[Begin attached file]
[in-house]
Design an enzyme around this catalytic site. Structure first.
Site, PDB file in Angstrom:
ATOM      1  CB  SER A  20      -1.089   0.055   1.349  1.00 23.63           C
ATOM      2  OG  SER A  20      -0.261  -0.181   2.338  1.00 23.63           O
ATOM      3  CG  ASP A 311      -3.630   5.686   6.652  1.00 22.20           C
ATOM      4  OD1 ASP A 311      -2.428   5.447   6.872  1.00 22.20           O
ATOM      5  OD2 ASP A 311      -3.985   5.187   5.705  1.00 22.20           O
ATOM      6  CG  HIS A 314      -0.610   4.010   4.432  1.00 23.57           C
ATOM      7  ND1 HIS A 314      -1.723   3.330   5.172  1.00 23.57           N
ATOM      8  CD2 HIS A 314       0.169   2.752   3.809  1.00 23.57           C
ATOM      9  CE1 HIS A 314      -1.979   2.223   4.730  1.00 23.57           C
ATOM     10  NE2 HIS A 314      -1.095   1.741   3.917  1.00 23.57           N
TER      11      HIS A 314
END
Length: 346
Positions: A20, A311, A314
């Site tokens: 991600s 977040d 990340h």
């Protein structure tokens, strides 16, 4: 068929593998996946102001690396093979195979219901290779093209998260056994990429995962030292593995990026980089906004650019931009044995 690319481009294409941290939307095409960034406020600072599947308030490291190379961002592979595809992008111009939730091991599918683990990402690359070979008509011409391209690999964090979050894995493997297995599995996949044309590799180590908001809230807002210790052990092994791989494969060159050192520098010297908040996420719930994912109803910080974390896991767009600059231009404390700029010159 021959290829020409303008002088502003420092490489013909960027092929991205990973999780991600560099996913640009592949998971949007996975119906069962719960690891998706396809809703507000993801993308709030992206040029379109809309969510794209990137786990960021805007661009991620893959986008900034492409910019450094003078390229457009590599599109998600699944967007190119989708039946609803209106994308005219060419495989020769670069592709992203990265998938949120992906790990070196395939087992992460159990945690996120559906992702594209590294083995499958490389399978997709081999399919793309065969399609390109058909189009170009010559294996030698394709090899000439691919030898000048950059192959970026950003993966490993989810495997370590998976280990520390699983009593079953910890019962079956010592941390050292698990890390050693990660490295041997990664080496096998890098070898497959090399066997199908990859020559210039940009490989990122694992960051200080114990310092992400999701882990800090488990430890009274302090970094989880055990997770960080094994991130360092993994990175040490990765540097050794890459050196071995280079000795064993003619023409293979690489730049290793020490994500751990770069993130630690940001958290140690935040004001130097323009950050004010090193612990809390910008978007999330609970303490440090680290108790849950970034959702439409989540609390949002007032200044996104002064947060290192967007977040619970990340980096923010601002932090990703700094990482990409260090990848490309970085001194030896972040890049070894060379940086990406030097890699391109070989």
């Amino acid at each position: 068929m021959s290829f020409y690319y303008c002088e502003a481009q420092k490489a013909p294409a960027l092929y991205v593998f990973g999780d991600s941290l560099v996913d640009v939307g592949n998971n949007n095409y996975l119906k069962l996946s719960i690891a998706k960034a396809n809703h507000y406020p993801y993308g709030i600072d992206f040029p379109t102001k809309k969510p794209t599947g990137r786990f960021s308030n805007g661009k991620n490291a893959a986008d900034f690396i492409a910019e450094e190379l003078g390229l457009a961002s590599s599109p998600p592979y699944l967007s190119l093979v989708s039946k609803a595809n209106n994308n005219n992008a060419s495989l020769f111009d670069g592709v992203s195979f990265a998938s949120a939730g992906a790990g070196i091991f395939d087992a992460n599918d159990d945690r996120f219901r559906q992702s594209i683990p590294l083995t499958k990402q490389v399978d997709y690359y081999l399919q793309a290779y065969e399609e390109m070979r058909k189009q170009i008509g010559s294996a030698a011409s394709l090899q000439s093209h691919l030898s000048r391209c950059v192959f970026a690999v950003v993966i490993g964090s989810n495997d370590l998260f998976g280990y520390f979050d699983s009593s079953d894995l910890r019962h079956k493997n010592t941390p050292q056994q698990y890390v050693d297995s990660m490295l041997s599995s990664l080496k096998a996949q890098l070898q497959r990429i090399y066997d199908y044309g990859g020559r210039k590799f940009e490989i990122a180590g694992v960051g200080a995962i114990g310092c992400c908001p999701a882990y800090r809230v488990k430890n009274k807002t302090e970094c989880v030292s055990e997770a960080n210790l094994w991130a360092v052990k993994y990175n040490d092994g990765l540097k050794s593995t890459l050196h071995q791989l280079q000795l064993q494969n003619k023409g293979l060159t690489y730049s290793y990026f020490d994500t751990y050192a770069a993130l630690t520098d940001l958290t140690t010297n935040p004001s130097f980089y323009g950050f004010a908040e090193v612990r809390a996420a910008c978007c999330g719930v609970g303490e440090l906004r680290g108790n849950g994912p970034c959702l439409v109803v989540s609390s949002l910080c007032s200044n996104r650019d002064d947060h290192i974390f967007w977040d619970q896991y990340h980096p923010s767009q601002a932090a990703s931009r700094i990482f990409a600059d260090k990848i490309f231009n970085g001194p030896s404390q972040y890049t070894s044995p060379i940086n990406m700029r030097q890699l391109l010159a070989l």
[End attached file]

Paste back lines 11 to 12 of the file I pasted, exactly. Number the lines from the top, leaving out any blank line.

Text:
ATOM      8  CD2 HIS A 314       0.169   2.752   3.809  1.00 23.57           C
ATOM      9  CE1 HIS A 314      -1.979   2.223   4.730  1.00 23.57           C